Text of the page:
If a poorly planned space is getting you down, rethink its design with smart storage and clever fixtures.
Image: Victoria + Albert Baths
Generally short on space, the average UK bathroom rarely works as well as it could. Many are shoehorned into a room where the position of utilities dictates where the main elements sit.
However, remodelling the layout doesn’t mean having to rip everything out and start from scratch. A smarter, sleeker look is often simple to achieve with space-saving furniture, sanitaryware to suit the situation and some clever design tricks.
Read on for the best ways to create more space when designing a brand new bathroom.
Evaluate your layout
Image: Arcade Bathrooms
List your needs
While every bathroom is different, there are some common problems – a lack of space, shortage of storage and a haphazard layout.
Start by listing the issues with your current bathroom, as well as the things you like about it. It may be that you don’t use the bath as often as a shower, so you could remove the bath to gain some extra space for storage.
For now, don’t factor in budget – this process is about identifying what your bathroom needs to work well and can be adapted to suit your spend.
Next, take accurate dimensions of the room, find out where your water, waste and heating pipes are, and try a few online planning tools to experiment with different arrangements. ‘Layout is a major factor in any successful bathroom renovation,’ says Leanne Martin, head of product at Ideal Standard.
‘For example, furniture that fits in corners is useful for packing more features into a small space. Could repositioning the basin and WC leave you with room for a freestanding bath, or could a slim-line basin or compact WC free up space for extra storage? Prior to ordering any products, consult a plumber who will be able to advise if your fixtures can be moved and check that the plans you have for your project are possible. ’
Reconfigure the essentials
Moving plumbing and soil pipes tends to be expensive and time-consuming.
However, it’s often the key to creating better flow within the layout, meaning you may be able to tuck a WC around a corner or make a bath or shower more accessible. When planning, don’t forget details that can go overlooked, such as provision for an extractor fan, where your room’s windows are located and which direction the door opens.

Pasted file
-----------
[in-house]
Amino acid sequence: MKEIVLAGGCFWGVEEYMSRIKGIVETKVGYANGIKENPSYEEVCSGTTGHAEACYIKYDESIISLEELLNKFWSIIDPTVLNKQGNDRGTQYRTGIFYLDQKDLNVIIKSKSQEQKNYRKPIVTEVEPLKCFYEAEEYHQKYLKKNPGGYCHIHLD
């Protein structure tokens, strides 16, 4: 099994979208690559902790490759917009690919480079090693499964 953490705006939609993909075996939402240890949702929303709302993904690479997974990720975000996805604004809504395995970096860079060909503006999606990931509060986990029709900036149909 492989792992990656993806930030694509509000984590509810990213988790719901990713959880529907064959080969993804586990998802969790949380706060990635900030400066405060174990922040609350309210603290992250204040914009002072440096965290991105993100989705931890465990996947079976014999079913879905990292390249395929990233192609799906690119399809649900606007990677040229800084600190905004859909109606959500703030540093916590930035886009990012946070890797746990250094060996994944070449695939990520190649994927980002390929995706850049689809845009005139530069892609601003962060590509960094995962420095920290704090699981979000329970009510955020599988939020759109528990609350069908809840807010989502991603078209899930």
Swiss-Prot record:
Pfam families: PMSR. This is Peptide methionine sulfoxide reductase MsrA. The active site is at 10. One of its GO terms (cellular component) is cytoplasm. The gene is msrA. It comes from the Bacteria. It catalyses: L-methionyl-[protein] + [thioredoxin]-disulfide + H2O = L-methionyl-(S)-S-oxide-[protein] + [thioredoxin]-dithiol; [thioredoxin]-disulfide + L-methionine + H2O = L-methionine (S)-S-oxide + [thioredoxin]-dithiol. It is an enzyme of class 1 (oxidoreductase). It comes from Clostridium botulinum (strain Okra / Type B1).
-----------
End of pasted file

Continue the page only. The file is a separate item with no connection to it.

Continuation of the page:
Stretch your space
Image: Holt Construction
Clutter-free bathrooms don’t happen by accident, so when you’re remodelling, it’s crucial to include sufficient storage, and banish visual clutter, such as pipework. Try to explore as many options as possible.
‘You could make the most of narrow wall spaces with tall, pigeonhole-style shelves,’ suggests James Holt, co-founder of Holt Construction. ‘They are wonderfully compact and still allow you to display items. You could also declutter your shower by incorporating recessed panels to ensure your toiletries are close to hand.’
Key tips before you buy
- If you’re buying furniture from a range, see it in the flesh before you invest to get an idea of how much clearance is needed for drawers and doors and the amount of space inside.
- Look for wall-hung designs with recesses to conceal pipework – this will free up floor area to create the impression of a larger room.
- Reduced-depth and handleless units will make the bathroom feel more spacious, too.
- For pipework that can’t be hidden with furniture, think about adding a false stud wall that can provide an additional surface on which to mount furniture. Boxing in pipes is an option, but tends to be cumbersome and takes up space that could be given over to something more useful.
Smarten up sanitaryware
Baths, basins, WCs and showers take up the most room. While size and shape options were limited only a few years ago, now there’s a huge amount of choice to help you remodel, including compact designs and short-projection sanitaryware.
‘A room that’s overcrowded, with products that are not needed or sanitaryware whose size has been underestimated, is a common issue,’ explains Milena Cox, marketing manager at Catalano. ‘Ensure you think about what size basin and WC will work best. Baths especially need to be carefully measured – many people overlook the basics of simply being able to get a new tub into the home.’
Search for pieces that solve a specific problem, such as P-shaped shower baths that combine the best of both worlds while proving extra room for showering, and freestanding baths that continue down to the floor, allowing for the waste pipes to be hidden below.
As an alternative to standard shower enclosure sizes, consider a bespoke area, which can make the most of the available space in awkwardly shaped rooms with recesses, alcoves and sloping ceilings.
Words: Rachel Ogden